Science and Technology

The Future of Apple Is the iPad 2


Matthew Yglesias makes a smart point about Apple and the iPad:

The iPad is already the market leader to such an extent that simply coming out with a better one doesn’t change the landscape. But if Apple’s supply chain allows them to ramp up production of a new high-end product while continuing to sell the iPad 2 in volume as a cheaper option, that shakes up the landscape.

Self-Driving Cars Can't Come Soon Enough

A thing of the past, eventually. (Flickr/huggs2)

So how long will it be before this whole "driving ourselves around in cars" thing is done with? Atrios predicts that "a whole lot of public money will be spent setting up a 'driverless car' system that will never actually work." Kevin Drum is much more optimistic — he predicts that "There will be a transition period that's likely to be messy—though probably no messier than today's all-human traffic nightmare—but eventually you won't even be allowed to drive a car. Every car on the road will be automated, and our grandchildren will be gobsmacked to learn that anything as unreliable as a human being was ever allowed to pilot a two-ton metal box traveling 60 miles an hour."

I'm with Kevin on this — technologically speaking, the ability for cars to drive themselves is coming really soon (see this recent article in Wired for a primer). Yes, it will be difficult to get to the fully automated system where the cars speak to the roads and to each other, but between here and there, there are many incremental steps that can and will be taken to get judgment out of human hands. The transition won't be because technology is inadequate but because it'll take time for the old dumb cars to wear out and be taken off the road. High-end cars already park themselves and override you in tricky traffic situations, and they're getting better every year. But I'd like to emphasize Kevin's point: people suck at driving. Not you, of course—you're a great driver! But as a group, we're just not up to it. Let's look at some data from the Transportation Department.

In 2009, the last year for which they appear to have data, there were 30,797 fatal car accidents in the United States. These crashes killed 24,474 vehicle occupants, 4,462 motorcyclists, 4,092 pedestrians, 630 bicycle riders, and 150 "unknown" people, for a total of 33,808 vehicle crash deaths. In other words, that's about a September 11 every month or so on our roads.

The good news is that these numbers have declined in the last couple of years—total deaths were over 43,000 in 2005. But they're still incredibly high. And think about it: do you know anyone who was killed or seriously injured in a car accident? I'll bet you do. The autonomous cars can't get here soon enough.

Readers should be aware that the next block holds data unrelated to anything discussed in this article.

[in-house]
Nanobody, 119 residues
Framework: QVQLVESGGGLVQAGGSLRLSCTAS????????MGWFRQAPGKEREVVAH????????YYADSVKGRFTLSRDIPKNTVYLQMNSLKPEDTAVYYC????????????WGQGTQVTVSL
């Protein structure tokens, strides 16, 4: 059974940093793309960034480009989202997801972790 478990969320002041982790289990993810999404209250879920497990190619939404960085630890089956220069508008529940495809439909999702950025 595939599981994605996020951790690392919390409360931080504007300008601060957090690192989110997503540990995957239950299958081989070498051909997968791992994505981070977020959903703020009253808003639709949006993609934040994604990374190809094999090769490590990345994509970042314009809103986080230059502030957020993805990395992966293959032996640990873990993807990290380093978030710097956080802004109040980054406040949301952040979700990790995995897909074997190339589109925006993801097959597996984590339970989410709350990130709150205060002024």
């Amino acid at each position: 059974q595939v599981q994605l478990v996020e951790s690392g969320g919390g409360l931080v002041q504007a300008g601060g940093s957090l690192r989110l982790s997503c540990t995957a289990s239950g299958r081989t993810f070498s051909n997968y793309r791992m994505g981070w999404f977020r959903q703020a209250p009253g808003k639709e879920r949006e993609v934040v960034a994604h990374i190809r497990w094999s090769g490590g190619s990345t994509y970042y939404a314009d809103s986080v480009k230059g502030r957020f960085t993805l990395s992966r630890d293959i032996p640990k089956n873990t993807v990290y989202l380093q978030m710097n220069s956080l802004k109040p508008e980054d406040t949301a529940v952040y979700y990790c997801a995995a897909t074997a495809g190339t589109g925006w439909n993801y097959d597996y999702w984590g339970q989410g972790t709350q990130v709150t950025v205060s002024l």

When the World Is Your iPhone

If your iPhone is the center of your existence, you might be wondering what life is going to look like in a couple of decades as this kind of technology advances. Corning, the company that you might associate with things like dishes, but these days makes things like the glass on that iPhone, has the answer. Unlike, say, Kodak—another large upstate New York-based company that flourished in the 20th century—Corning has managed to adapt to recent technological changes and find its niche (although it had a fourth quarter slump, the company is still extremely profitable). And guess what they think the future is: more glass! Everywhere! Just take a look at the glass-based techno-utopia they're promising in this video:

It may not turn out exactly like this, but it actually seems a pretty plausible projection of where we're headed. I'd be pretty surprised if 20 years from now we're still carrying around powerful computers in our pockets, each of which has huge amounts of storage space to hold software and things like music. It seems more likely that the devices themselves will become far simpler, providing little more than a connection—to a vastly more complex Internet, and to thousands of other devices in our homes, cars, the businesses we interact with, and so on, while most of the storage and actual computing is done in the cloud. This is what's known as "the Internet of things," when everything in our environments, from our phones to our toasters to our shoes to the ground we walk on, is all connected. In visions like Corning's, of course, it's all clean and friendly and full of wonder. What they don't show is a couple using their beautiful glass interface to go over their iTunes bill. All that cool stuff ain't gonna be free. And if you think there are privacy concerns now because Google is recording your web history, just wait until every step you take and interaction you have is instantly turned into trackable, sortable data.